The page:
Federal Court of Australia
Garner v Central Innovation Pty Limited  FCA 711
Central Innovation Pty Ltd v Garner (No 4)  FCA 1796
NSD 69 of 2021
Date of judgment:
17 June 2022
Federal Court Act 1976 (Cth) s 25
Commercial Banking Corporation of Sydney Limited v Colonial Financiers of Australia Pty Ltd  VR 702
Garner v Central Innovation Pty Ltd  FCAFC 64
New South Wales
National Practice Area:
Commercial and Corporations
Commercial Contracts, Banking, Finance and Insurance
Number of paragraphs:
The orders were determined on the papers.
Solicitor for the Respondents:
SD Commercial Lawyers
INTERCAD PTY LTD (ACN 072 666 016)
DATE OF ORDER:
17 June 2022
THE COURT ORDERS THAT:
1. The costs of the respondents of the appeal be fixed in the sum of $117,000.00.
2. The appellant’s funds in the aggregate sum of $100,000.00 which are currently held by the Federal Court of Australia and which were paid into the Federal Court of Australia to provide for the first respondent’s and second respondent’s security for costs of this proceeding, be paid to the first respondent and the second respondent by depositing them into their solicitor’s trust account, details of which are as follows:
Bank: Commonwealth Bank of Australia Ltd
Name: SD Commercial Lawyers’ law practice trust account
BSB: 062 018
Account number: 1049 8710
1 On 21 April 2022, the Full Court made an order dismissing the appeal with costs from the decision of the primary judge in Central Innovation Pty Ltd v Garner (No 4)  FCA 1796 and published its reasons: Garner v Central Innovation Pty Ltd  FCAFC 64.
2 The appellant had provided security for costs in the sum of $100,000 for the appeal and that sum had been paid into Court pursuant to orders made by Justice Rares on 24 May 2021 requiring the sum to be paid into Court in three tranches between 7 June 2021 and 2 August 2021.
3 The respondents now seek an order that their costs of the appeal be fixed in sum of $117,000 and that the funds paid into Court by the appellant should be released to them by a payment into their solicitors’ trust account. The respondents rely on an affidavit of Stephen D’Emilio sworn 7 June 2022.
4 On 18 May 2022, the appellant became bankrupt upon acceptance of a debtor’s petition by the Official Receiver on that day and Ms Robyn-Lee Erskine (Trustee) was appointed as the trustee of the bankrupt estate of the appellant.
5 The Trustee has confirmed that if the Court makes an order fixing the respondents’ costs of the appeal, she consents to the release of the funds paid into Court up to the amount to which the costs are fixed and to the extent of those funds.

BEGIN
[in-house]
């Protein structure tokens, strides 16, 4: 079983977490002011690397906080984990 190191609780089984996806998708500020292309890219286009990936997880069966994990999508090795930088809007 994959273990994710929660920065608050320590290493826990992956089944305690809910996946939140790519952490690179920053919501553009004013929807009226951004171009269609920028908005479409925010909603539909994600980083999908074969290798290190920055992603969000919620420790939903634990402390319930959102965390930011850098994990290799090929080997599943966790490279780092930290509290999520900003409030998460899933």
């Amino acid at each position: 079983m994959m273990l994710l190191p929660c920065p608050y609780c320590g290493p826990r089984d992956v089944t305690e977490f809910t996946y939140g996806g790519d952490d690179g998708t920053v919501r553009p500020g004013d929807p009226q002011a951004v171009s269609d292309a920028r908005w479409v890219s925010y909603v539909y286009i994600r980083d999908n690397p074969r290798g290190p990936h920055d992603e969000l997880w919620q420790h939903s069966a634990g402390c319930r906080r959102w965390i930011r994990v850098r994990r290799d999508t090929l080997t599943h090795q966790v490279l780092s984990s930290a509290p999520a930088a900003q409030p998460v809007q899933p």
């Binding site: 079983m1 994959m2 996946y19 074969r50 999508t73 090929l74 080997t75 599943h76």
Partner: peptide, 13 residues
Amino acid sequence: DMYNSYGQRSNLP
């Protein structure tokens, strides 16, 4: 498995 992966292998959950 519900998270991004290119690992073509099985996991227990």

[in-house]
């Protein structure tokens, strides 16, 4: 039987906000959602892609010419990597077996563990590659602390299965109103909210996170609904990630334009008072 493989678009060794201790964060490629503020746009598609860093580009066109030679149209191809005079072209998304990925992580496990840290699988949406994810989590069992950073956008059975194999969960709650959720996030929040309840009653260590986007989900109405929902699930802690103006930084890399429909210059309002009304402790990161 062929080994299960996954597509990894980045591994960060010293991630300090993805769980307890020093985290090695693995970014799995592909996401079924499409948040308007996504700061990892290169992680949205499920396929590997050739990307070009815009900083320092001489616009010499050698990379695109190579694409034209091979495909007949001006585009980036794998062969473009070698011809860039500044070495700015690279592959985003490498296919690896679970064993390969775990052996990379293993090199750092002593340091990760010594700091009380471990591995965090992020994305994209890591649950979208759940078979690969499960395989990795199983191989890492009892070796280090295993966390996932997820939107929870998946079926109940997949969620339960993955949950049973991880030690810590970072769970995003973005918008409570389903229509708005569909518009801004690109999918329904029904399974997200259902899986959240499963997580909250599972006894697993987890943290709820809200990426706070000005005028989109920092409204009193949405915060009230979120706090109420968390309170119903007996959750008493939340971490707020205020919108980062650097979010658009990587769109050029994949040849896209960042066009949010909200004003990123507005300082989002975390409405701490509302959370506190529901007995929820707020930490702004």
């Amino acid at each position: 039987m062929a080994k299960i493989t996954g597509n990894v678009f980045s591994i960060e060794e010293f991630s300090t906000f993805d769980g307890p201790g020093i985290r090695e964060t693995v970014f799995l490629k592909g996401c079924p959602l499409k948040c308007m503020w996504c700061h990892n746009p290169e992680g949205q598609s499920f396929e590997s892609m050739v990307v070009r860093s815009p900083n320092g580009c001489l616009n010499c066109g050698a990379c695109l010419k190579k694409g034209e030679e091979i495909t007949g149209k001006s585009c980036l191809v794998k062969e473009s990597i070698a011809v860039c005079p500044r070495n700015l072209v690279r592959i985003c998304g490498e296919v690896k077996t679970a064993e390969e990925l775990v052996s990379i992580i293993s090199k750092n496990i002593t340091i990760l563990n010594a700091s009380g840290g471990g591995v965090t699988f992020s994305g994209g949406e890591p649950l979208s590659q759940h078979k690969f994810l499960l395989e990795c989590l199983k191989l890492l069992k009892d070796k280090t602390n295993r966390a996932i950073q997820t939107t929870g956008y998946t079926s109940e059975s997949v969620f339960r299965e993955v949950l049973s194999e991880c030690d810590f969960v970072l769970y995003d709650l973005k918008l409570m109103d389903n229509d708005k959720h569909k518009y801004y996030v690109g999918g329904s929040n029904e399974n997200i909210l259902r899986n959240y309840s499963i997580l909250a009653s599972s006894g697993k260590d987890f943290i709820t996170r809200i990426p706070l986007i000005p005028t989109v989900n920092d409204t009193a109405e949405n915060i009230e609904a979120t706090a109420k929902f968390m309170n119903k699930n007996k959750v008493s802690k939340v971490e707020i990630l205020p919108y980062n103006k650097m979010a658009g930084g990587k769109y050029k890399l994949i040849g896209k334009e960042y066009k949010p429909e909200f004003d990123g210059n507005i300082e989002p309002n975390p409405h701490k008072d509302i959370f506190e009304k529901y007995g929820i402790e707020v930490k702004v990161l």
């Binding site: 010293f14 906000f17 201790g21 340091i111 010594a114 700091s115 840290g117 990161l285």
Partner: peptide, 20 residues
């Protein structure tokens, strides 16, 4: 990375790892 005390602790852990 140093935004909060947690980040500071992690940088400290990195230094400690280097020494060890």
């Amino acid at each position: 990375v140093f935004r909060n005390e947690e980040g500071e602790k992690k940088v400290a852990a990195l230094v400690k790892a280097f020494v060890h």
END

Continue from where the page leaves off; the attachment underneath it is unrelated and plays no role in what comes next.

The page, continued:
6 As the funds were paid into Court by the appellant as security more than six months prior to the bankruptcy of the appellant, the question of whether the claim by the respondents to the funds held in Court might be voidable under s 122 of the Bankruptcy Act 1966 (Cth) does not arise: cf Commercial Banking Corporation of Sydney Limited v Colonial Financiers of Australia Pty Ltd  VR 702.
7 Mr D’Emilio gives evidence in his affidavit that the respondents’ invoiced costs and disbursements of the appeal, including GST, total $260,109.47 and annexes a hard copy print out of an electronic ledger recording each of the respondents’ invoiced costs and disbursements in the appeal comprising that amount.
8 Mr D’Emilio also gives evidence that Allaway JR made a lump sum costs assessment, at the conclusion of the proceedings before the primary judge, in which he considered that a reduction of 50% on party and party costs was appropriate. Mr D’Emilio states that, in his opinion, a reduction of 50% for party and party costs is excessive but it nevertheless appears to him that a reduction of 50% should be utilised in the present context and applied to the respondents’ costs on the appeal for the purposes of making a fixed costs order on a party and party basis.
9 The respondents submit that after excluding GST, the amount of their invoiced costs and disbursements of the appeal total approximately $234,000 and that after applying a 50% reduction this would give a figure of $117,000, which they submit would be an appropriate figure for a fixed costs order in their favour.
10 Pursuant to s 25(2B)(ab) of the Federal Court Act 1976 (Cth) a single Judge, sitting in Chambers or in open court, may make an interlocutory order after the determination of an appeal to the Court.
11 I am satisfied that a fixed costs order in the sum of $117,000 should be made in favour of the respondents and that an order should be made that the funds currently held by the Court by way of security for the respondents’ costs of the appeal should be paid to the respondents by making a payment to the trust account of the respondents’ solicitors.